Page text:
Over the past year we have been investigating the impact of Covid-19 on adults and families of children with cerebral palsy.

Our findings highlighted that the pandemic caused a large amount of daily life changes that were difficult to cope with and had a broad range of negative impacts on our community.

Headline findings include: 

  • Regression in physical health: 59% of adults experienced a regression in their physical health and 42% of parents reported a regression in their children’s mobility. 
  • Mental health: More than 59% of adults reported a negative impact on their mental health.
  • Lack of access to health services: Almost all children and adults with cerebral palsy live in pain. Of those, 91% use therapy to manage their pain. It may be interesting to note that every age group reported therapy as more important for their pain relief than medication. Yet, majority of them lacked access to suitable therapy. It was also discovered that 59% of adults and 42% children lacked access to adequate healthcare services to fully meet their needs.
  • Lack of regular cerebral palsy health checks:  77% of adults had not been offered an annual review of their condition by health professionals and about 62% of children were not given timely medical reviews. One of the parents expressed, “The service provision for my child prior to Covid was poor and now it feels as if it is being used as an excuse for poor service.”
  • Lack of access to medical equipment: 41% of adults and 11% of children lacked access to appropriate medical equipment to support their needs due to cerebral palsy.
  • Discrimination: 100% of adults had been discriminated against due to cerebral palsy, of which almost 70% felt ignored and patronised, 50% had been verbally attacked and shockingly, 18% had been attacked physically. Almost all parents said their child had been treated differently, of which 75% mentioned being ignored and 62% felt others had been uncomfortable around them. One of the mothers disclosed “They think someone in a wheelchair can’t talk and have a voice.”
  • Poverty & unemployment: 41% of adults were unemployed. 23% revealed that they didn’t have enough money to make ends meet or were living month to month. 
  • Gaps in Services: When asked what services they would find useful, the adults reported that improved access to annual medical reviews and mental health support is needed. Parents reported that their children needed appropriate medical reviews and access to physiotherapy.

Our findings were obtained from two national surveys undertaken in 2021

All participants were over 18 years old, had cerebral palsy and/or were parents/ care givers of children with cerebral palsy (mostly Unilateral and Bilateral Spastic), and lived in the UK. Most participants had at least moderate difficulty with mobility and at least one other health condition other than cerebral palsy. Difficulties in daily living, both in general and due to pain, were highest for housework, leisure activities and sleep. Amongst others, 82% of the surveyed adults had high levels of anxiety.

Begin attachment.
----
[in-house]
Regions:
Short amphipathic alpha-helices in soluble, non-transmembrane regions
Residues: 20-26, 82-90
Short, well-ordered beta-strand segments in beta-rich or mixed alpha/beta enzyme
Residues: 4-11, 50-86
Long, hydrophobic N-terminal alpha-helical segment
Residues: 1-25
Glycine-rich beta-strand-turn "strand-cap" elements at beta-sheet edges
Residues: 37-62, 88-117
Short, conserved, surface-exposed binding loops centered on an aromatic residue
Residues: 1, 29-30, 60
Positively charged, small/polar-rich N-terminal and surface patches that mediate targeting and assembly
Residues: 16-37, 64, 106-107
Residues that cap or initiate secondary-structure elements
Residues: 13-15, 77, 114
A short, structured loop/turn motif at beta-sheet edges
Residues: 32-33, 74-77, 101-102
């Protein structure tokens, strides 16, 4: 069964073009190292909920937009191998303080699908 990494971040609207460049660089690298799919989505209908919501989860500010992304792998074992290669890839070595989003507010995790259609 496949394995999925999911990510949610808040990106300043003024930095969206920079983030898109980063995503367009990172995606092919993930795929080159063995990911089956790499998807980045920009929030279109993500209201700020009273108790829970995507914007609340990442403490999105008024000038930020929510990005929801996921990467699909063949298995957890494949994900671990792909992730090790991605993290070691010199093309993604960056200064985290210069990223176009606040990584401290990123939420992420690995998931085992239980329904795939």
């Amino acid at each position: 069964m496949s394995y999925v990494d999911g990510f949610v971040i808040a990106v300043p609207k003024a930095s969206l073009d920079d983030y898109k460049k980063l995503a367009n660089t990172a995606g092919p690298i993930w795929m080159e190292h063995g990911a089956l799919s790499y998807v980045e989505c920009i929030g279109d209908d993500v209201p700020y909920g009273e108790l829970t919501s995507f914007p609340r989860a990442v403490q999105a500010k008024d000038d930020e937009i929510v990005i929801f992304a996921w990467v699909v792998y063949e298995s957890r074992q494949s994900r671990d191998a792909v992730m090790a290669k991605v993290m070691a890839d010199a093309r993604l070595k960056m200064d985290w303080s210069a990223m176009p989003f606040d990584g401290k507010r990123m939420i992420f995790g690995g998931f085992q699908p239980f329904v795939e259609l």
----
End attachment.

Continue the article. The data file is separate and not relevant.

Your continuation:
Our Response to the Findings

Just as cerebral palsy is a complex health condition, so too are the needs of those affected by it. For many people who live with cerebral palsy, life involves pain, isolation, depression and poverty on a daily basis. The pandemic compounded these disadvantages by blocking access to support, health services, equipment and therapy, which meant many people with cerebral palsy felt even “more disabled”.

Our investigation revealed that the needs of many people with cerebral palsy are not being met appropriately and there are gaps in services for both physical and mental health. 

When asked what the impact had been on access to various health professionals, parents reported that their access to almost all health services had been significantly impacted by the pandemic and have yet to return to pre-lockdown levels.

We have been told that annual medical reviews were not offered to most adults. Even though it was rated as a very helpful service, but less than a quarter of adults reported receiving the reviews. This is disappointing as NICE* guidelines recommend an annual review as "an opportunity to identify changes; assess clinical and functional needs; check for problems and co-morbidities; and make sure that the person's needs are being met.” 

Another concerning point is inequality, as many adults live in poverty and struggle to make ends meet. There is a shocking prevalence of discrimination faced by most people with cerebral palsy. Virtually all adults and parents reported experiencing discrimination and some have been physically abused.

Much more help is needed for families to enable children to get the best start in life. For children one of the areas most impacted by the Covid-19 pandemic was their Education, Health and Care Plan (EHCP), with  parents claiming it has been extremely difficult to manage the changes in their child’s education. 

Please help us by sharing our summary report, so that we can raise awareness and improve services for everyone living with cerebral palsy.

If you wish to contact us about our findings, contact us at marketing@bobath.org.uk

A special thanks to our researchers Raquel Fantoni and Sophia Sheih for their invaluable work and the survey participants for their time.